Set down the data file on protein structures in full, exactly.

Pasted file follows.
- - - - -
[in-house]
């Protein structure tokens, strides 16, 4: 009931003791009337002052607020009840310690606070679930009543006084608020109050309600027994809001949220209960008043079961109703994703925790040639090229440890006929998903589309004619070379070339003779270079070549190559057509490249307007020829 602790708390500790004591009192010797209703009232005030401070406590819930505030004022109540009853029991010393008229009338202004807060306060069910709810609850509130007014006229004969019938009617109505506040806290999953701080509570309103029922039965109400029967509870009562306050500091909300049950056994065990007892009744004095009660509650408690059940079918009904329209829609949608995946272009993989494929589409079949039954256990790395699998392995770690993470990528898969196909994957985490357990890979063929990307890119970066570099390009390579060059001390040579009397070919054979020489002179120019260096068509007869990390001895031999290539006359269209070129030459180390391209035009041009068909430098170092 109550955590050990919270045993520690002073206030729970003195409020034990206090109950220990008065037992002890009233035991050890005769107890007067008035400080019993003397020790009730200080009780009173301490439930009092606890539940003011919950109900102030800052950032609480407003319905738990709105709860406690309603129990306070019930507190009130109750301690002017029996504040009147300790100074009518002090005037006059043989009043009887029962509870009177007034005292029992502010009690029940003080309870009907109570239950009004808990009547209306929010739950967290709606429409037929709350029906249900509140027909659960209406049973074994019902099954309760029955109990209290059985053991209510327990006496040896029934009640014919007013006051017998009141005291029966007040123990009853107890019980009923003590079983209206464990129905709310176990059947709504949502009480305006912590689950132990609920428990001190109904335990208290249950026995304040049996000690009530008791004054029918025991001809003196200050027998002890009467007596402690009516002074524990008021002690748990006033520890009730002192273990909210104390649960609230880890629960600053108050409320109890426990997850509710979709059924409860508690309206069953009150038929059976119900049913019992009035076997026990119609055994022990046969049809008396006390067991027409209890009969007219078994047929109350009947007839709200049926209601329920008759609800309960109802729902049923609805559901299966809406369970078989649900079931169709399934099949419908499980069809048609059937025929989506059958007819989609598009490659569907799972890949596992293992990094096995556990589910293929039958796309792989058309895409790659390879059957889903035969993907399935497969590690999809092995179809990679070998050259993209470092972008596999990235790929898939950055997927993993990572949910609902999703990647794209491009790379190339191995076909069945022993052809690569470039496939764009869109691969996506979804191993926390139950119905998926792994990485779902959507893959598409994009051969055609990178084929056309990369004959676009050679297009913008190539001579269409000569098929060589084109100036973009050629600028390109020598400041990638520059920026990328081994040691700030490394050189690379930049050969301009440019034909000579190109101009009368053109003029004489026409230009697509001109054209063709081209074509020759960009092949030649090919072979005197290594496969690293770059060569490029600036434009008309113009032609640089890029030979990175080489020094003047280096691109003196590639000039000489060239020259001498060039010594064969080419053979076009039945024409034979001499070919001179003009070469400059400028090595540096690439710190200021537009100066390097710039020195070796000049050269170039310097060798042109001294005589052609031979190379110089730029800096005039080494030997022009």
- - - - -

[in-house]
């Protein structure tokens, strides 16, 4: 009931003791009337002052607020009840310690606070679930009543006084608020109050309600027994809001949220209960008043079961109703994703925790040639090229440890006929998903589309004619070379070339003779270079070549190559057509490249307007020829 602790708390500790004591009192010797209703009232005030401070406590819930505030004022109540009853029991010393008229009338202004807060306060069910709810609850509130007014006229004969019938009617109505506040806290999953701080509570309103029922039965109400029967509870009562306050500091909300049950056994065990007892009744004095009660509650408690059940079918009904329209829609949608995946272009993989494929589409079949039954256990790395699998392995770690993470990528898969196909994957985490357990890979063929990307890119970066570099390009390579060059001390040579009397070919054979020489002179120019260096068509007869990390001895031999290539006359269209070129030459180390391209035009041009068909430098170092 109550955590050990919270045993520690002073206030729970003195409020034990206090109950220990008065037992002890009233035991050890005769107890007067008035400080019993003397020790009730200080009780009173301490439930009092606890539940003011919950109900102030800052950032609480407003319905738990709105709860406690309603129990306070019930507190009130109750301690002017029996504040009147300790100074009518002090005037006059043989009043009887029962509870009177007034005292029992502010009690029940003080309870009907109570239950009004808990009547209306929010739950967290709606429409037929709350029906249900509140027909659960209406049973074994019902099954309760029955109990209290059985053991209510327990006496040896029934009640014919007013006051017998009141005291029966007040123990009853107890019980009923003590079983209206464990129905709310176990059947709504949502009480305006912590689950132990609920428990001190109904335990208290249950026995304040049996000690009530008791004054029918025991001809003196200050027998002890009467007596402690009516002074524990008021002690748990006033520890009730002192273990909210104390649960609230880890629960600053108050409320109890426990997850509710979709059924409860508690309206069953009150038929059976119900049913019992009035076997026990119609055994022990046969049809008396006390067991027409209890009969007219078994047929109350009947007839709200049926209601329920008759609800309960109802729902049923609805559901299966809406369970078989649900079931169709399934099949419908499980069809048609059937025929989506059958007819989609598009490659569907799972890949596992293992990094096995556990589910293929039958796309792989058309895409790659390879059957889903035969993907399935497969590690999809092995179809990679070998050259993209470092972008596999990235790929898939950055997927993993990572949910609902999703990647794209491009790379190339191995076909069945022993052809690569470039496939764009869109691969996506979804191993926390139950119905998926792994990485779902959507893959598409994009051969055609990178084929056309990369004959676009050679297009913008190539001579269409000569098929060589084109100036973009050629600028390109020598400041990638520059920026990328081994040691700030490394050189690379930049050969301009440019034909000579190109101009009368053109003029004489026409230009697509001109054209063709081209074509020759960009092949030649090919072979005197290594496969690293770059060569490029600036434009008309113009032609640089890029030979990175080489020094003047280096691109003196590639000039000489060239020259001498060039010594064969080419053979076009039945024409034979001499070919001179003009070469400059400028090595540096690439710190200021537009100066390097710039020195070796000049050269170039310097060798042109001294005589052609031979190379110089730029800096005039080494030997022009």